By Eric Kohn | Indiewire August 31, 2012 at 8:08PM
Equally a slick political thriller, intelligent period piece and sly Hollywood satire, Ben Affleck's "Argo" maintains a careful balance between commentary and entertainment value. Stepping beyond the raw thriller qualities that distinguished his first two directing efforts, "Gone Baby Gone" and "The Town," the actor-director successfully broadens those skills with a historical scope. This tense and frequently amusing reenactment of a covert 1979 CIA operation to smuggle assailed American political operatives out of Iran amid revolutionary chaos by disguising them as a film crew takes the material seriously while still having fun with it.
That's not to say that "Argo" breaks any new ground. As the story breathlessly shifts between CIA headquarters, the Canadian embassy in Iran where the Americans take refuge, and Hollywood studios where the CIA finds a pair of an unlikely allies to carry their scheme, characters often speak with the gruff cadences of Aaron Sorkin archetypes all too eager to please. The plight of the hostages isn't nearly as engaging as the attempts by CIA specialist Tony Mendez (Affleck, in an impressively muted turn, buried under shoulder-length hair and a scrappy beard) to convince his colleagues the trick will work. Alexandre Desplat's thundering score sometimes overplays the drama. However, "Argo" navigates these familiar qualities through a nice calibration of performances and breezy pace that pulls you along with the increasingly risky stakes.
A more optimistic take on the power of Hollywood to orchestrate a media spectacle than Barry Levinson's "Wag the Dog," Affleck's tale shifts from brooding espionage to amusing farce when Mendez heads west to hire acclaimed makeup artist John Chambers (John Goodman) and cigar-chomping producer Lester Siegel (Alan Arkin) to flesh out the plan. An amusing pair from their initial screen moments to their last, Goodman and Arkin steal the show with their no-nonsense approach to an absurd proposition -- as well as the invective they use to communicate ("Argo fuck yourself" becomes their shared mantra).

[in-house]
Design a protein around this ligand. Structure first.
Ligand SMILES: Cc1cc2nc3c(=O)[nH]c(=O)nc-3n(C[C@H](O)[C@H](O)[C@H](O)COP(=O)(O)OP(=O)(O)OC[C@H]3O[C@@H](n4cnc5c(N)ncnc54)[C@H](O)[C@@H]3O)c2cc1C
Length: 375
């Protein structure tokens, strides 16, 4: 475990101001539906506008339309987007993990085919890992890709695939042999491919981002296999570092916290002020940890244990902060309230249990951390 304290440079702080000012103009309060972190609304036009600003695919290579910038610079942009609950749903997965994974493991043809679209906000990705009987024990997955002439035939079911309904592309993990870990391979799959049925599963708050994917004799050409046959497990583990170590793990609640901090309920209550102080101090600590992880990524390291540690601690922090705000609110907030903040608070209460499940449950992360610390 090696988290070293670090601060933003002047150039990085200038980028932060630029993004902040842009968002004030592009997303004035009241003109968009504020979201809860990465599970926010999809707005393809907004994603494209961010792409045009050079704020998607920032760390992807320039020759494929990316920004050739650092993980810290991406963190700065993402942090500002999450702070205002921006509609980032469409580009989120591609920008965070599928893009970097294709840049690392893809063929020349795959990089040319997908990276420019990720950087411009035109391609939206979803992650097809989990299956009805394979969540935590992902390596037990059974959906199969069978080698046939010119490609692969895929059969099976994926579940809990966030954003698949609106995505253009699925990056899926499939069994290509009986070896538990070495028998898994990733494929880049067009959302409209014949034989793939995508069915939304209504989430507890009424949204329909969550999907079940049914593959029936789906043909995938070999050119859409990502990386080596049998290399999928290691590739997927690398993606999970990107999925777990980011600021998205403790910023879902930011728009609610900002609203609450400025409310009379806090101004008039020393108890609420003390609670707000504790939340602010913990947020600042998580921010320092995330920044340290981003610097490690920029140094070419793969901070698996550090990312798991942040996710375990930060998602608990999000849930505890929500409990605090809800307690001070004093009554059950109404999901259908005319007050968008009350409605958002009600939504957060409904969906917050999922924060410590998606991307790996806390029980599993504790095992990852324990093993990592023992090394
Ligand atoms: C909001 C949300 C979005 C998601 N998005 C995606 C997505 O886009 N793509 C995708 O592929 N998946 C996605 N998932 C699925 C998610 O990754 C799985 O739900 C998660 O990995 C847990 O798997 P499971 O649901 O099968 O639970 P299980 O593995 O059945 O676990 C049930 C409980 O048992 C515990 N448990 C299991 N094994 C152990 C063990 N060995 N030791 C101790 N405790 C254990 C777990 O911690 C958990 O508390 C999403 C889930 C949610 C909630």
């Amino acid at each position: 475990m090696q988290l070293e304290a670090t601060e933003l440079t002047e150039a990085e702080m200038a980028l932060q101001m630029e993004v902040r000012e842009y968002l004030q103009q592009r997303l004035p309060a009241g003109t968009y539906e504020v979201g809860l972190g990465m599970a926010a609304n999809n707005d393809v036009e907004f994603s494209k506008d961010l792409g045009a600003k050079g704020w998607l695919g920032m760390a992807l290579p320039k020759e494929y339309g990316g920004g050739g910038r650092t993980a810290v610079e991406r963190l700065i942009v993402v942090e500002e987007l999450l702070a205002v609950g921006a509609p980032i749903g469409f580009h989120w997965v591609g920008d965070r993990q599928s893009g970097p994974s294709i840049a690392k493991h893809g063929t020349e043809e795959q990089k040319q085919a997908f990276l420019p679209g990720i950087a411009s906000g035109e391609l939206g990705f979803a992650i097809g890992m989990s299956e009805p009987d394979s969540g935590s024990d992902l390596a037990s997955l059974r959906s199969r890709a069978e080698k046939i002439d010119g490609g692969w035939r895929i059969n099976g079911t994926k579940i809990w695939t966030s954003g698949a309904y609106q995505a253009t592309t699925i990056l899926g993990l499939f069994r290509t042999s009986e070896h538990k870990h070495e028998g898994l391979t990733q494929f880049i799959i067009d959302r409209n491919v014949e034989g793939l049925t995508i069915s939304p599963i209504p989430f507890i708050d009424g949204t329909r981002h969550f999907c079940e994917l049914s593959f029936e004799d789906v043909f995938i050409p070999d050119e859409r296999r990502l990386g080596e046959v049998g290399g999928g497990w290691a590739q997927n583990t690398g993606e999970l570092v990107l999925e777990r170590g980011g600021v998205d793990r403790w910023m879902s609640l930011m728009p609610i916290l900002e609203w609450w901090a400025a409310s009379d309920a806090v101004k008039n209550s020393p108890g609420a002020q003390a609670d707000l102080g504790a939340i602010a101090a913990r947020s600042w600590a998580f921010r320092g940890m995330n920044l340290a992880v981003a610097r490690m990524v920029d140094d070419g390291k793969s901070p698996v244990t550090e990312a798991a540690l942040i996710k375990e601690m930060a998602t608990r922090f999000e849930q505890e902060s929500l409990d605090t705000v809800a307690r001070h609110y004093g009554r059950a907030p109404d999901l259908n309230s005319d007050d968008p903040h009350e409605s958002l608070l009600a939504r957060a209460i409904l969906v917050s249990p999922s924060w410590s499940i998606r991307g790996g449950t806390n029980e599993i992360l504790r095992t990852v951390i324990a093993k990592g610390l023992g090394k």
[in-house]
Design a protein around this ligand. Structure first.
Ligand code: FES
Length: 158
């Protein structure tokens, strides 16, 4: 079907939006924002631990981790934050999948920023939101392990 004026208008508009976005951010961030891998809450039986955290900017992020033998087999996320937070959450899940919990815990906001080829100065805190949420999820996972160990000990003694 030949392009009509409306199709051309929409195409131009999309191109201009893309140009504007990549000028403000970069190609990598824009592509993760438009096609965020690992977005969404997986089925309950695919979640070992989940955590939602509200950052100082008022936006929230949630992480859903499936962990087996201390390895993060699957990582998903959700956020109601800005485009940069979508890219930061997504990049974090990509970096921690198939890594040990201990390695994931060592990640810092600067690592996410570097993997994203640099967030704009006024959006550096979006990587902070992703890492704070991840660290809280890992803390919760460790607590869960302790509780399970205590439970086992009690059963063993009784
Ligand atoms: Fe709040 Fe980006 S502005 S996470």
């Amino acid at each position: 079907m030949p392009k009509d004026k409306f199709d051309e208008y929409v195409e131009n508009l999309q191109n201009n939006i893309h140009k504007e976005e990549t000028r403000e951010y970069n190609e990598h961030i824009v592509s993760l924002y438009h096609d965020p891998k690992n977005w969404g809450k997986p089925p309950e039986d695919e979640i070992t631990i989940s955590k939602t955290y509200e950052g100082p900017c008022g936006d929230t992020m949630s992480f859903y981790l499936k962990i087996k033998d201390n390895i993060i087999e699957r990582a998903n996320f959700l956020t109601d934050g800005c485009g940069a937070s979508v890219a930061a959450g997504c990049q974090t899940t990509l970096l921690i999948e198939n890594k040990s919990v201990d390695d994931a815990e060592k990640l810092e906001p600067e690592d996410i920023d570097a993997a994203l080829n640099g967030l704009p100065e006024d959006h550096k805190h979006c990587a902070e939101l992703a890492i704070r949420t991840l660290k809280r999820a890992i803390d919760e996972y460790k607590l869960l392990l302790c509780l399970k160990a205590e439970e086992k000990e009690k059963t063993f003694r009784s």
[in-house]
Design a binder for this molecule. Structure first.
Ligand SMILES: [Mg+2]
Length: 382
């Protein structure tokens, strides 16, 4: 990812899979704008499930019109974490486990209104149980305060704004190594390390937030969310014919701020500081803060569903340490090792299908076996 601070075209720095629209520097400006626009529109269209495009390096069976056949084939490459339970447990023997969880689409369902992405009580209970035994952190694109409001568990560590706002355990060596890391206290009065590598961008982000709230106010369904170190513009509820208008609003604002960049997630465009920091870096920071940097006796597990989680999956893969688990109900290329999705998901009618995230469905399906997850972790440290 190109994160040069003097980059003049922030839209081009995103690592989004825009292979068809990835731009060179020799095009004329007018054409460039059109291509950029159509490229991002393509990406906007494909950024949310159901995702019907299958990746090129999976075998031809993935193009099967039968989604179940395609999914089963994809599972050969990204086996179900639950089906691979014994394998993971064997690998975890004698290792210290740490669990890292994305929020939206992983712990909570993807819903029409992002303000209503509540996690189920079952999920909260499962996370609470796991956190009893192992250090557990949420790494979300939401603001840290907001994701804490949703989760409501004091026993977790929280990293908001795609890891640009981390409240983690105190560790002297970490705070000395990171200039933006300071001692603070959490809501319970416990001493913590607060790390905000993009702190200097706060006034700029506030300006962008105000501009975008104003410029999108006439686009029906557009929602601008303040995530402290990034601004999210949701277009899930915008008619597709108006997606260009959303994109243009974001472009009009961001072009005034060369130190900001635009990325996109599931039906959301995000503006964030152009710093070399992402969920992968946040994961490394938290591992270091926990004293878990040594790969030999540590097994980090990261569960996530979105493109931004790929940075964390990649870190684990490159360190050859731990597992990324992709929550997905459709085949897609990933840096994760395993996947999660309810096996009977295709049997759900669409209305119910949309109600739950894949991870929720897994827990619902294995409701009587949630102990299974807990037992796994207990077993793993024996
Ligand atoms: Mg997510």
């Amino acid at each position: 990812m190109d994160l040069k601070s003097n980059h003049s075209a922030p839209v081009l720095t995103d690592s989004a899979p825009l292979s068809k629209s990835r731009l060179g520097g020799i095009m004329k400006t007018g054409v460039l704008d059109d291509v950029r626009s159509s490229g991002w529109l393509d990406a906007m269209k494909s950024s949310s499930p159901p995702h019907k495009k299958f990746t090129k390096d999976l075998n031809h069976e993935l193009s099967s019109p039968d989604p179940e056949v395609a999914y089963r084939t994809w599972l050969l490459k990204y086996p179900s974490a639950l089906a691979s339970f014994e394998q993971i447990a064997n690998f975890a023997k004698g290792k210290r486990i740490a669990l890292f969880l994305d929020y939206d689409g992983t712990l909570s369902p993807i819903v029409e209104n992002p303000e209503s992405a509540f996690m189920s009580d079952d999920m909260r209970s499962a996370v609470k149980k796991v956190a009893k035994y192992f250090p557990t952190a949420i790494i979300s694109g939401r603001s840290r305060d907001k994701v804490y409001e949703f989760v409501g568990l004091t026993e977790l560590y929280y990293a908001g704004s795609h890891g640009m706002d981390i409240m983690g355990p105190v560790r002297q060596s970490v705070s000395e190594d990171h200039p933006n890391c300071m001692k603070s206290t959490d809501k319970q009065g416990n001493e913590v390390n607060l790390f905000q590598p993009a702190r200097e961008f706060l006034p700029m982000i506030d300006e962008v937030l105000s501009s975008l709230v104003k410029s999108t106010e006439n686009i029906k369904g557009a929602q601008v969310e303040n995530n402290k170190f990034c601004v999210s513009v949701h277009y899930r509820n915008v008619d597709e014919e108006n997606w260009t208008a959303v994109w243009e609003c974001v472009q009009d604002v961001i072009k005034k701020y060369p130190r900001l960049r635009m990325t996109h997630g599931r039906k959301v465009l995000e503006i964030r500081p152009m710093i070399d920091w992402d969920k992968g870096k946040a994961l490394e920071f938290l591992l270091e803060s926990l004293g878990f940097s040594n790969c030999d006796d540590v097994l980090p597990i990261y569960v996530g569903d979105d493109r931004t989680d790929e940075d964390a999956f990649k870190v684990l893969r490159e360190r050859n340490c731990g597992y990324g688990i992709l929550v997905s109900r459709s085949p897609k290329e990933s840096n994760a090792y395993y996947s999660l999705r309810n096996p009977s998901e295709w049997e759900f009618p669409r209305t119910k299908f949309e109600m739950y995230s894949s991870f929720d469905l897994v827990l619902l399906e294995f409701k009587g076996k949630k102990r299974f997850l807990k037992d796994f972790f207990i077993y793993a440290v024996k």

Selecting the titular sci-fi screenplay for its Middle Eastern setting, the duo work closely with Mendez to create a production detailed enough to fool Iranian authorities. For the giddy middle section, the narrative shifts from the overseas turmoil in favor of a playful interlude about the machinations of the film industry. "You wanna come to Hollywood and act like a big shot without doing anything?" Chambers asks Mendez. "You'll fit right in."
Chris Terrio's screenplay, which draws from a portion of Antonio J. Mendez's "The Master of Disguise" as well as a Wired magazine article, is loaded with witticisms until the final act, at which point Mendez heads to Iran and presents the six hidden Americans (among them, only a wily Scott McNairy stands out) with their task. When "Argo" turns serious, it starts to drag, in large part because the subjects of the operation (fully aware of the 52 other Americans that didn't escape the embassy and remained in a perilous hostage situation) lack the depth of the cunning Mendez, the focus of our sympathies when he encounters hesitations from the Americans to play along.
Nevertheless, "Argo" regains its appeal as it deepens the portrait of Mendez's commitment to the task -- especially as he faces pushback from a supervisor back home (Bryan Cranston, an enjoyably grim and smarmy sidedish to the rest of the plot). As the movie arrives at the inevitable escape attempt, Affleck delivers with a terrifically enacted climax that drew a vocal reaction from the Telluride audience at its first public screening. Other viewers are likely to follow suit.
Content to be a crowdpleaser more than anything else, "Argo" is mainly impressive for the way it generally glides along. Appropriately, its construction bears the mark of calculation only slightly less impressive than the ruse at the center of its plot. Since the actual mission remained largely unknown until it was declassified by the Clinton Administration in the late nineties, the movie taps into a revisionist appeal that provides at least some audiences with the opportunity to celebrate a certifiable Jimmy Carter success story. "The whole country is watching you," Mendez is cautioned. "They just don't know it." Much of the pleasure in "Argo" comes from the power of the movie itself to change that.
Criticwire grade: B+
HOW WILL IT PLAY? Following its positive reception at Telluride, "Argo" will have its official world premiere in Toronto next week, where distributor Warner Bros. will likely use the buzz to position the movie as a major awards season contender. Its box office performance is likely to be respectable, but even more likely are the promising Oscar campaigns for Affleck as both director and star as well as supporting actor campaigns for Goodman and Arkin.